OTTAWA (Reuters) - Ontario doctors have no right to unilaterally withdraw life support from a patient if the family objects, the Supreme Court of Canada ruled on Friday in a case that centered on a Toronto man who has been in a coma since 2010.
The wife of Hassan Rasouli, a Shi‘ite Muslim, had objected on religious grounds to the doctors’ decision that her husband’s life support should be withdrawn as it was of no medical benefit, arguing that if death can be prevented, it should be.
The Supreme Court ruled narrowly that under the Ontario law governing such situations, the Health Care Consent Act, doctors could not end life support unilaterally, although they may do so with the backing of a special panel.
“While the end-of-life context poses difficult ethical dilemmas for physicians, this does not alter the conclusion that withdrawal of life support constitutes treatment requiring consent under the HCCA,” Chief Justice Beverley McLachlin wrote for the 5-2 majority.
The healthcare consent law allows doctors to ask a provincial board to overrule the wishes of a patient or a substitute decision maker in a case like this. But Rasouli’s doctors had opted not to take this route.
Rasouli, now 62, underwent surgery to remove a benign brain tumor in October 2010. He then developed an infection that caused severe brain damage. He has been unconscious ever since, but has been kept alive by mechanical ventilation and by a feeding tube.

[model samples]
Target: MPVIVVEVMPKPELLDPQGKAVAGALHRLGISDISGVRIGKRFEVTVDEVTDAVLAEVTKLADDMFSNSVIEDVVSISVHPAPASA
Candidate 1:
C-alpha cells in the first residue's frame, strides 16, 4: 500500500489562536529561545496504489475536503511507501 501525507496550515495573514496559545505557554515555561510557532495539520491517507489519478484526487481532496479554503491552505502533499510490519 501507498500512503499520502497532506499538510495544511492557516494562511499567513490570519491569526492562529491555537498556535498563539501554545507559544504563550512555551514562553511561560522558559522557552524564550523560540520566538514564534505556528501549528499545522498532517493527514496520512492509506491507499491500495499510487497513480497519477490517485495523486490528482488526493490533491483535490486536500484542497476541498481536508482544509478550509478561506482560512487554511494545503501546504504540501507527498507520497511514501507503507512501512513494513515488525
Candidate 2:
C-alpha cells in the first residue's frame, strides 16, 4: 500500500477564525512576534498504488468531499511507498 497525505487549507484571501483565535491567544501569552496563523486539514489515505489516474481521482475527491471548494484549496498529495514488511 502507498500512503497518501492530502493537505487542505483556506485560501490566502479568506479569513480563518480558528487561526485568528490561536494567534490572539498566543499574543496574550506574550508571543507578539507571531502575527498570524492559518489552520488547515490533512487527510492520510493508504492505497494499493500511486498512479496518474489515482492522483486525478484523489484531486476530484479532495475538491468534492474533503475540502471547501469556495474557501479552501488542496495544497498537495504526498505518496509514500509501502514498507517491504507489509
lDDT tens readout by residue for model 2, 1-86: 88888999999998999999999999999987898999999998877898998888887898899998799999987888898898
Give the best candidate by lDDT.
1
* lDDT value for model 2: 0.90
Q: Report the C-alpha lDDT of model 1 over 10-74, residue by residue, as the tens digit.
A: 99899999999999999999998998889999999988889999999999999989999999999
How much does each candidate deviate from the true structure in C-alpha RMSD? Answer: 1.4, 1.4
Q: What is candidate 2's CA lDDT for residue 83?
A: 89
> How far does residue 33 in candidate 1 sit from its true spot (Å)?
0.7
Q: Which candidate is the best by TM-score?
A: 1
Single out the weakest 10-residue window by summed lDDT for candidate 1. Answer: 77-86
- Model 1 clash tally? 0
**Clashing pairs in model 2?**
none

The minority opinion in the court said patients don’t have the right to be kept on life support indefinitely - to insist on treatment that doctors consider no longer to be effective or no longer to be “consistent with the professional standard of care.”
“The continuation of life is not an absolute value,” Justice Andromache Karakatsanis wrote for the minority. “A doctor cannot be required to act outside of his standard of care and contrary to his professional duties.”
McLachlin stressed that the case turned on the specifics of Ontario law, though she noted that four of the other nine provinces have similar laws, implying it might have application there as well.
The case is Cuthbertson v Rasouli, 2013 SCC 53.
Reporting by Randall Palmer; Editing by Janet Guttsman